Tag Archives: pork

1452–1459 S. Sazonova, I. Gramatina, D. Klava and R. Galoburda
Effect of high pressure processing on raw pork microstructure and water holding capacity
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Effect of high pressure processing on raw pork microstructure and water holding capacity

S. Sazonova, I. Gramatina*, D. Klava and R. Galoburda

Latvia University of Life Sciences and Technologies, Faculty of Food Technology, Department of Food Technology, 22 Rigas street, LV-3001 Jelgava, Latvia
*Correspondence: ilze.gramatina@llu.lv

Abstract:

High pressure processing (HPP) is widely used as an alternative to thermal food preservation technologies, including processed meats treatment. This technology affects food texture and water-holding capacity, which may have beneficial effect on product yield. After thermal treatment, meat partially releases water together with water-soluble proteins, which is concerned as a loss. It is very important not only because of changes in taste properties, but also economic aspects such as reduced final product weight. The aim of the study was to evaluate changes in the meat microstructure and water-holding capacity upon high pressure treatment. Pork samples were treated at various pressures and holding times, namely, 300 and 600 MPa with a 1 and 15 minutes holding time at each pressure. Untreated sample was regarded as a control. Microstructure of pork meat was evaluated after the paraffination of the samples. Fibre cross section area and space between fibres were measured and reported. Water-holding capacity was measured by centrifugation of meat samples over filter and calculating released amount of juice. Results indicated that fibre size did not change significantly after treatment at 300–600 MPa pressure comparing to the control sample – untreated meat. However, high pressure can affect hydrophobic properties of myofibrillar protein. The experimental results showed that water-holding capacity increases with the high pressure treatment. It is an important issue in meat processing industry, because HPP treatment allows reducing the water loss in fresh pork.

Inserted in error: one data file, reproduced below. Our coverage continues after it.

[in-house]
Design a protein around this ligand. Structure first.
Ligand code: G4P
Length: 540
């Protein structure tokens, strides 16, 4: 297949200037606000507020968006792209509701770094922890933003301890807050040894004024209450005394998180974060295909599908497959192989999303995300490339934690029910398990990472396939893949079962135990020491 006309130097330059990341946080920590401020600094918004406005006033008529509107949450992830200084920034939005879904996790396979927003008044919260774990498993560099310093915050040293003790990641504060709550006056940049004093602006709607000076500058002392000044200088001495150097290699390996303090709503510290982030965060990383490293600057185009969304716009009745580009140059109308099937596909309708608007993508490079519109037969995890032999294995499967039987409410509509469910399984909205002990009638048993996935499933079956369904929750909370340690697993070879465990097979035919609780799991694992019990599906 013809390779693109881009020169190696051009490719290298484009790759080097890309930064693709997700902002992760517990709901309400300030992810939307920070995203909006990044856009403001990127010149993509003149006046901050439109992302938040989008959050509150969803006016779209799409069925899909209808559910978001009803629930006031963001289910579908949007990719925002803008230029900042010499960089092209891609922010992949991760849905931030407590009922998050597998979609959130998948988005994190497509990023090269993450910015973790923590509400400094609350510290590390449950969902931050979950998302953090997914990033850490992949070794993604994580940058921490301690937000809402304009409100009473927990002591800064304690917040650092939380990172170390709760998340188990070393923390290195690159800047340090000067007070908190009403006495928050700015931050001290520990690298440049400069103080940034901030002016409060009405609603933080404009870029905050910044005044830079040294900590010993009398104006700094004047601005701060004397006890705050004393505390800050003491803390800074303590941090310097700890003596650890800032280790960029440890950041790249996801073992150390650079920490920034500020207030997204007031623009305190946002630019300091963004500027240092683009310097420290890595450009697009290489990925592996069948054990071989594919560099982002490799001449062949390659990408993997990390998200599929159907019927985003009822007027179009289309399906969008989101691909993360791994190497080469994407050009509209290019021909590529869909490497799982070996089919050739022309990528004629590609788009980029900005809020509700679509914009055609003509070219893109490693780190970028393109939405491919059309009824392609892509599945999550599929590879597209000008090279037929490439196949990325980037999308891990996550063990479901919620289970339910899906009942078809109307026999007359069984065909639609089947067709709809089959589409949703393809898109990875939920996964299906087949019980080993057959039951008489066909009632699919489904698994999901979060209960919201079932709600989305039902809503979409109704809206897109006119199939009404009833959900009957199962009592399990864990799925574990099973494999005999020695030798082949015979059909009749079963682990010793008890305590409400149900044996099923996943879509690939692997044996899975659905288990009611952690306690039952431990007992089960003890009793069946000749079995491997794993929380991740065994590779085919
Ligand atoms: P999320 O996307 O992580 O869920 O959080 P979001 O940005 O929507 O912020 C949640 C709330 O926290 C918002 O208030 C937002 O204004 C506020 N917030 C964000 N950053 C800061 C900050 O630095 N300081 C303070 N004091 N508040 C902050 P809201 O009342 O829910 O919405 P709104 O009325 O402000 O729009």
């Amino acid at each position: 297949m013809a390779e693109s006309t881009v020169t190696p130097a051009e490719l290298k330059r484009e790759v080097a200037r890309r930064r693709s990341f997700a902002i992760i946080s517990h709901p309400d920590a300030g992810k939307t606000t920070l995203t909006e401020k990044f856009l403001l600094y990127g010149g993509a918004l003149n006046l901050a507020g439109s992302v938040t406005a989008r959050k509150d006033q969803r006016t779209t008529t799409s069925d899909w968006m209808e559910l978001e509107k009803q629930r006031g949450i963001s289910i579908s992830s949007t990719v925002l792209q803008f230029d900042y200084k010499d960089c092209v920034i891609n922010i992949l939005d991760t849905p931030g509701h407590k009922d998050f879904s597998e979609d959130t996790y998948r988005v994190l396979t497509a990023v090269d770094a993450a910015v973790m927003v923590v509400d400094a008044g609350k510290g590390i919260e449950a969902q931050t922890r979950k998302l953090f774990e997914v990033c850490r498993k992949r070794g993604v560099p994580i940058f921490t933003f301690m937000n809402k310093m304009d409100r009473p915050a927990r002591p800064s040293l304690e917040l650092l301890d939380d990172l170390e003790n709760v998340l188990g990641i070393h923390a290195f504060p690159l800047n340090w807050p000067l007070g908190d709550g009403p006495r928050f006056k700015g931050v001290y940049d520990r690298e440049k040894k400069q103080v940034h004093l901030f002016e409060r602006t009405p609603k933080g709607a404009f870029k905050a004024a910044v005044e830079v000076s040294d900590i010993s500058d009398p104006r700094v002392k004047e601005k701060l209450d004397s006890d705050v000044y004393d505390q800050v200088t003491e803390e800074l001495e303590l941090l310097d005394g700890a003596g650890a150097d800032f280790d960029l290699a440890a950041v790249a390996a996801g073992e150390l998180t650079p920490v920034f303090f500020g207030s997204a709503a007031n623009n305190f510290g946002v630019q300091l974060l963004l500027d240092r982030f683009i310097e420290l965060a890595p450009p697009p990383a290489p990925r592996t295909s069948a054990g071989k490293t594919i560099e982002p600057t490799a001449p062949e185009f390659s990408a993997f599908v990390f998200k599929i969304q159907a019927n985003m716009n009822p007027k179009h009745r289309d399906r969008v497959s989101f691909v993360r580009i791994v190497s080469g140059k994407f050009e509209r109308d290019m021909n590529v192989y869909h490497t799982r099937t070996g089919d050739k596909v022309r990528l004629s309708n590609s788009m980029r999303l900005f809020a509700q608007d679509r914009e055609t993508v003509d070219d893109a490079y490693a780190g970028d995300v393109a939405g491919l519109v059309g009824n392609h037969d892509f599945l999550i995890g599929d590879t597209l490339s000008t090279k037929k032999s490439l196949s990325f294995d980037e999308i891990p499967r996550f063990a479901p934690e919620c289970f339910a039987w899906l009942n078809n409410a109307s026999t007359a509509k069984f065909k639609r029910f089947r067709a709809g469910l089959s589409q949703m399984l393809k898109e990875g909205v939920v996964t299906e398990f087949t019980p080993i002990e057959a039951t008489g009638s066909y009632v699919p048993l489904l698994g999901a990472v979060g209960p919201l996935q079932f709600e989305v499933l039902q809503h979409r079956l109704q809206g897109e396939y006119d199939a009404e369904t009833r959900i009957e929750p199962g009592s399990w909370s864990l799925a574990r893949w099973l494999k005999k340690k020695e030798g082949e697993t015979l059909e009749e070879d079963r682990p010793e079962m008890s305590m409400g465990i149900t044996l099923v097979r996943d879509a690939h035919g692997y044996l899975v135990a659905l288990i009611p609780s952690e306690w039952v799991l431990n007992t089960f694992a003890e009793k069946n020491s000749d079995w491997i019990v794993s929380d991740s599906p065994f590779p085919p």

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1434–1441 A. Põldvere, A. Tänavots, R. Saar, S. Sild and L. Lepasalu
Effect of heat treatment at constant 120 °C temperature on the rheological and technological properties of pork
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Effect of heat treatment at constant 120 °C temperature on the rheological and technological properties of pork

A. Põldvere¹⋅²⋅*, A. Tänavots², R. Saar¹, S. Sild¹ and L. Lepasalu¹

¹Estonian University of Life Sciences, Institute of Veterinary Medicine and Animal
Sciences, Department of Food Science and Technology, F.R reutzwaldi 56/5,